Priest condemned committal system
A letter sent in 1971 by the resident manager at Daingean reformatory in Co Offaly to the Garda Commissioner, in which he threatened to refuse admission to boys sent there, was described yesterday as a cri de coeur by Justice Sean Ryan of the Commission to Inquire into Child Abuse.
Fr William McGonagle had asked for a week's notice before the arrival of any boy.
Earlier yesterday, a hearing of the commission's investigation committee, which Justice Ryan chairs, was told Fr McGonagle had described the manner of committal by the courts of boys to Daingean as "a monstrous arrangement". He made the comments in a letter to his superior in the late 1960s.
Boys would arrive from the courts "at all hours of the day or night" while accompanying gardaí had "not a clue" about the boys' past history. He contrasted the situation with that operating in England where boys were assessed in advance as to their suitability for particular schools.
What was happening at Daingean "must stop", he had said, as "no constructive rehabilitation can be initiated" in such circumstances.
James Martin, assistant secretary at the Department of Justice, Equality, and Law Reform, who was giving evidence, agreed it was "certainly not a desirable situation".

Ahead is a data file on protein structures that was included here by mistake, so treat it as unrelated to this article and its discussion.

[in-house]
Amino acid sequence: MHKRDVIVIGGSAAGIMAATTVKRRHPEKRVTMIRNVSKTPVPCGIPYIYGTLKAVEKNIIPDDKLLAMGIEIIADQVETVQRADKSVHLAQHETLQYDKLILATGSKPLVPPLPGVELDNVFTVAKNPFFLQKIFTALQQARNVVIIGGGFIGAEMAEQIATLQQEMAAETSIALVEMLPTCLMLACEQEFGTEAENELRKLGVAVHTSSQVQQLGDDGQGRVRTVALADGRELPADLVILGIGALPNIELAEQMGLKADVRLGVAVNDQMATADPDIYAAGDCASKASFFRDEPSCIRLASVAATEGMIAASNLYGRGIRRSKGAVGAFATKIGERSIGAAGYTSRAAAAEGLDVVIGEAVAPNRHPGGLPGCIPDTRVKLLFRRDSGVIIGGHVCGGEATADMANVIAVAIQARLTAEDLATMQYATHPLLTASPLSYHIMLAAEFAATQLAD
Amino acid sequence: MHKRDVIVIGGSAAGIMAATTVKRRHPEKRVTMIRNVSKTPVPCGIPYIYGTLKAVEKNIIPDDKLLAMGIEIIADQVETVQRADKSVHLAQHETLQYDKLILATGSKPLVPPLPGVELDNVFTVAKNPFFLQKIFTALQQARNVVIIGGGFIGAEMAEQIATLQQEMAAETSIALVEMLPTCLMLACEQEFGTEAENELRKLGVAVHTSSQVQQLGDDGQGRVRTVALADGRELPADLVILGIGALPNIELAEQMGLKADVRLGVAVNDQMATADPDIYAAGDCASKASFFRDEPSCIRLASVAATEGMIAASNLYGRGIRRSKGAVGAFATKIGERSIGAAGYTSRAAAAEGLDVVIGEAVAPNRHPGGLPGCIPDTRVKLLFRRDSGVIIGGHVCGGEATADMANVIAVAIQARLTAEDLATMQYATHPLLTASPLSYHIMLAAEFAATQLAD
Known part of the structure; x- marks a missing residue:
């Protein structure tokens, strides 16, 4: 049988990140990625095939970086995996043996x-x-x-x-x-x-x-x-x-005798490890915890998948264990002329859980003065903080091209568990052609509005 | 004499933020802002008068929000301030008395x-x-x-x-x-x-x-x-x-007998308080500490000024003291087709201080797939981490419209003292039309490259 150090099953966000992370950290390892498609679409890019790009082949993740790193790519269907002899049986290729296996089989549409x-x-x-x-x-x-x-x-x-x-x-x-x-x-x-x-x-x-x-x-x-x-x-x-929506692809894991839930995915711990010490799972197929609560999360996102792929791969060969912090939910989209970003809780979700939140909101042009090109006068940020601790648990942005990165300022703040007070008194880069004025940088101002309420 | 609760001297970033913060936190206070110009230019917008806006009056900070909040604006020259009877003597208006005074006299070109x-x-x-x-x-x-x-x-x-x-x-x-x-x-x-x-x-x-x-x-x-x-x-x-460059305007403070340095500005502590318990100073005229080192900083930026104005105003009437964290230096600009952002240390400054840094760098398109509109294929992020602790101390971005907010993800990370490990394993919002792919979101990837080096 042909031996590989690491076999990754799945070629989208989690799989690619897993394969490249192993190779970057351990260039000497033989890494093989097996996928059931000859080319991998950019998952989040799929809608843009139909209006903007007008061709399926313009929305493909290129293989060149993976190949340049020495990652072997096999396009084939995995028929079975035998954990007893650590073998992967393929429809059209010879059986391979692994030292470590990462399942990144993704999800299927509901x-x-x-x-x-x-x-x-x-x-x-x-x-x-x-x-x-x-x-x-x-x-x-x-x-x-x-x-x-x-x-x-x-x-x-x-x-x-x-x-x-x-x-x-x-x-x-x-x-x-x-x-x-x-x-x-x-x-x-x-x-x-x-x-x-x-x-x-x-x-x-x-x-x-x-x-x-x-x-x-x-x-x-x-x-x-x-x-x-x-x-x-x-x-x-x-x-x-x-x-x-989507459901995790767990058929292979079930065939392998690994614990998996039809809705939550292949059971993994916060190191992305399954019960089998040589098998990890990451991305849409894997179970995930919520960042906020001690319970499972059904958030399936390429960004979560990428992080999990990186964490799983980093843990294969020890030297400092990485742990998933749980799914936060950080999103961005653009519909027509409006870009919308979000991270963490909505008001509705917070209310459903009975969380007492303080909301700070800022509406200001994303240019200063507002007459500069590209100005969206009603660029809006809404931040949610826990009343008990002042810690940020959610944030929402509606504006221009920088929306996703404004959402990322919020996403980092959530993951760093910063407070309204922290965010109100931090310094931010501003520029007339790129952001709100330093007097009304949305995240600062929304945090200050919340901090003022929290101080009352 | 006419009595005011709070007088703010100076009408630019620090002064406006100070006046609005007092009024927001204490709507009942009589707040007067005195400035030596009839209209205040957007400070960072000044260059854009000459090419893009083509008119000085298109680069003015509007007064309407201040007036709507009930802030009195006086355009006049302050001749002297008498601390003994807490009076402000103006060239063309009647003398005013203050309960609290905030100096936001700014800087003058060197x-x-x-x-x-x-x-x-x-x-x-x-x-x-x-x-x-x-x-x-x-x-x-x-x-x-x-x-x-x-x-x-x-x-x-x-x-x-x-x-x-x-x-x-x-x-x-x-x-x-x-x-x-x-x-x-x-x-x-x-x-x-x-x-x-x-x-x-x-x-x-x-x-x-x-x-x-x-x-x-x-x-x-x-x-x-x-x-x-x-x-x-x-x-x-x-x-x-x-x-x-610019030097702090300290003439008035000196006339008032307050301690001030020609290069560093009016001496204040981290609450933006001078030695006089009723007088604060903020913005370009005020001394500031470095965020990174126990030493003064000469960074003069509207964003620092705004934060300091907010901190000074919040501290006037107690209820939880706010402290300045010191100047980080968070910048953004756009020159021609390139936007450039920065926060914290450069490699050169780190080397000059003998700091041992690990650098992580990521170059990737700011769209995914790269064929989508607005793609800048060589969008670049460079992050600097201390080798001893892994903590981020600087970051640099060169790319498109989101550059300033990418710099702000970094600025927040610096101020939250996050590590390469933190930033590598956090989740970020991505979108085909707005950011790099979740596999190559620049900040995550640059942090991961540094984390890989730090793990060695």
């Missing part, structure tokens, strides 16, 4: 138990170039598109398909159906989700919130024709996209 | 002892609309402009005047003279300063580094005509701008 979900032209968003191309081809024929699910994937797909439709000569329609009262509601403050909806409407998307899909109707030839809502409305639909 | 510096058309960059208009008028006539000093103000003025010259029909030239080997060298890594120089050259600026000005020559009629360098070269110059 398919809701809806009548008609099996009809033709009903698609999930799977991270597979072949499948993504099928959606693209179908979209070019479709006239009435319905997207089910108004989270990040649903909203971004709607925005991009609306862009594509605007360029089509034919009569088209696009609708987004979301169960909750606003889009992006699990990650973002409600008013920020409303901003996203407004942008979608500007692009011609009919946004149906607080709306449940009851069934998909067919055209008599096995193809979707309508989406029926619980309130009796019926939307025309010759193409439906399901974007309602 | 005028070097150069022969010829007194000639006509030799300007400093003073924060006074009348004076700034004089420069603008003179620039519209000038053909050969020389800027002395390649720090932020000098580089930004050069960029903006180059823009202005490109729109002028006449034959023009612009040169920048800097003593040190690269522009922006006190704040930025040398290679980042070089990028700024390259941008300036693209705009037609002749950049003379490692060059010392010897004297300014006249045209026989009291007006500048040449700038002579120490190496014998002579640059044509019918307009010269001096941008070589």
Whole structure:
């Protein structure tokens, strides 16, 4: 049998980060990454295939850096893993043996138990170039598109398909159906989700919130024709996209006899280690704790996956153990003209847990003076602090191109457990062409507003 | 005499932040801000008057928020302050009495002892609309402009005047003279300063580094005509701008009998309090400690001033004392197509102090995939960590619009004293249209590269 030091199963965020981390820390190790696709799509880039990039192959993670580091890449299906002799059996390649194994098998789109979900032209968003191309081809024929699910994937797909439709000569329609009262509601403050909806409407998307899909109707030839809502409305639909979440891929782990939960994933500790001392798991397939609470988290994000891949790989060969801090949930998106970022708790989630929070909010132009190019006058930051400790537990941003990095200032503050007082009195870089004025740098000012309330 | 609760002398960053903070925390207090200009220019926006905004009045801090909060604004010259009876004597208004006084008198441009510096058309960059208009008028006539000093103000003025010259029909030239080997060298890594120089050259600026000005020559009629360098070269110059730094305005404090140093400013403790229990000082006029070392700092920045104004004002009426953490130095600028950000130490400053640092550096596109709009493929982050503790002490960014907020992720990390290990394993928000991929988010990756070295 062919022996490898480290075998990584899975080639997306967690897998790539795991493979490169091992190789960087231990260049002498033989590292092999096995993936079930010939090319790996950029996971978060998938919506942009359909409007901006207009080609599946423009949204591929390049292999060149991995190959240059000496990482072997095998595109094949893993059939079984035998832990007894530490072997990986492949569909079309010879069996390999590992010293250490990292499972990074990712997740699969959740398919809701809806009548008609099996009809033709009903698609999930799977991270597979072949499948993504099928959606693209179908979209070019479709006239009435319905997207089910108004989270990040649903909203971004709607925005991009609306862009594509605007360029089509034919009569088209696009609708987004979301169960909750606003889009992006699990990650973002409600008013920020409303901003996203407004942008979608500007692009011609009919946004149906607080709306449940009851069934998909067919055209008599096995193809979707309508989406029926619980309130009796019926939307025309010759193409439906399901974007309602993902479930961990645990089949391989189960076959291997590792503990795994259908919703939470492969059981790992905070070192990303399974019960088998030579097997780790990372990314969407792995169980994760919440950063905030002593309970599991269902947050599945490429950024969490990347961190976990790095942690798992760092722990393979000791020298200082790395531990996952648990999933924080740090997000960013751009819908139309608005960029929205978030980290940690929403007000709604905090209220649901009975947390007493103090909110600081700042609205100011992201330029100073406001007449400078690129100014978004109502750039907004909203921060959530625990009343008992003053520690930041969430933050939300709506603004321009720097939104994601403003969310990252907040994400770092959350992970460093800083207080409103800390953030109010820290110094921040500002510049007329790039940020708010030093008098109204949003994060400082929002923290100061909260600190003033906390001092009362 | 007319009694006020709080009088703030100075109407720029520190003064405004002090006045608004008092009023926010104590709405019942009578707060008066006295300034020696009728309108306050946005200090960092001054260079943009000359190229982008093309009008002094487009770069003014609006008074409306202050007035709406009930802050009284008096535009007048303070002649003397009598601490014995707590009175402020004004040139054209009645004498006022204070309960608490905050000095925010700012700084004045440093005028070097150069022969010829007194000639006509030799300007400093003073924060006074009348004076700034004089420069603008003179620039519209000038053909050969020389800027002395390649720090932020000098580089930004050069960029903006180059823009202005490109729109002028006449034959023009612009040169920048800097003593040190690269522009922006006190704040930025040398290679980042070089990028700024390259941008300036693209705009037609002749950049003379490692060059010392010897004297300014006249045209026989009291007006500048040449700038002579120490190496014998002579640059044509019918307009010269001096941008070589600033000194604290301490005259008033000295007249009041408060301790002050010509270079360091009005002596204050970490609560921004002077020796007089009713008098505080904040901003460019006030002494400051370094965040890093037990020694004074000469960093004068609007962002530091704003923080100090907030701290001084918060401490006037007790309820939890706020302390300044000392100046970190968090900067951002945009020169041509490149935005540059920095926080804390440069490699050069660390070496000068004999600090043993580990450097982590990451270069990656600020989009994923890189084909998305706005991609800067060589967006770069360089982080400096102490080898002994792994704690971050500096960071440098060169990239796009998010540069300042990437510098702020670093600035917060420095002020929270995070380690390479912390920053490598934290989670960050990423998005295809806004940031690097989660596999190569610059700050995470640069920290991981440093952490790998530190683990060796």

Colm Ó hOisín, for the Oblate congregation which managed Daingean, said that in March 1971 Fr McGonagle had written to the Department of Education saying he would accept only those boys who would benefit from the treatment programmes available there.
Such was the situation then that boys were confusing the role of Brothers, asking "is he a Brother or a screw?"
Repressive measures were the order of the day for the purpose of containment, "the result of a take-all policy", he had said. He recalled that among the boys were the "violent, the emotionally disturbed, the psychotic".
He stated in the letter: "No one gave a second thought to the problem as long as [ Daingean] took all." It was "a pure outrage".
Mr Martin pointed out that Daingean was the only institution to which such young offenders could be referred.
He agreed with Mr Ó hOisín that the department should have been more pro-active in ensuring young offenders were sent to places of detention suited to their mental and medical capacities.
Later in his evidence he agreed that a very heated row between then minister for education Padraig Faulkner and minister for justice Desmond O'Malley over Marlborough House remand centre in 1971 delayed resolution of the problem.
The hearing was also told reforms by ministers for justice Charles Haughey and Brian Lenihan in the 1960s were frustrated by slow responses from the Department of Education.
A journalist, John Cooney, religious affairs correspondent of the Irish Independent , is seeking an apology from a solicitor representing the Christian Brothers at today's session of the investigation committee of the commission.
This follows comments made by the solicitor at yesterday's hearing about the journalist and a book he had written.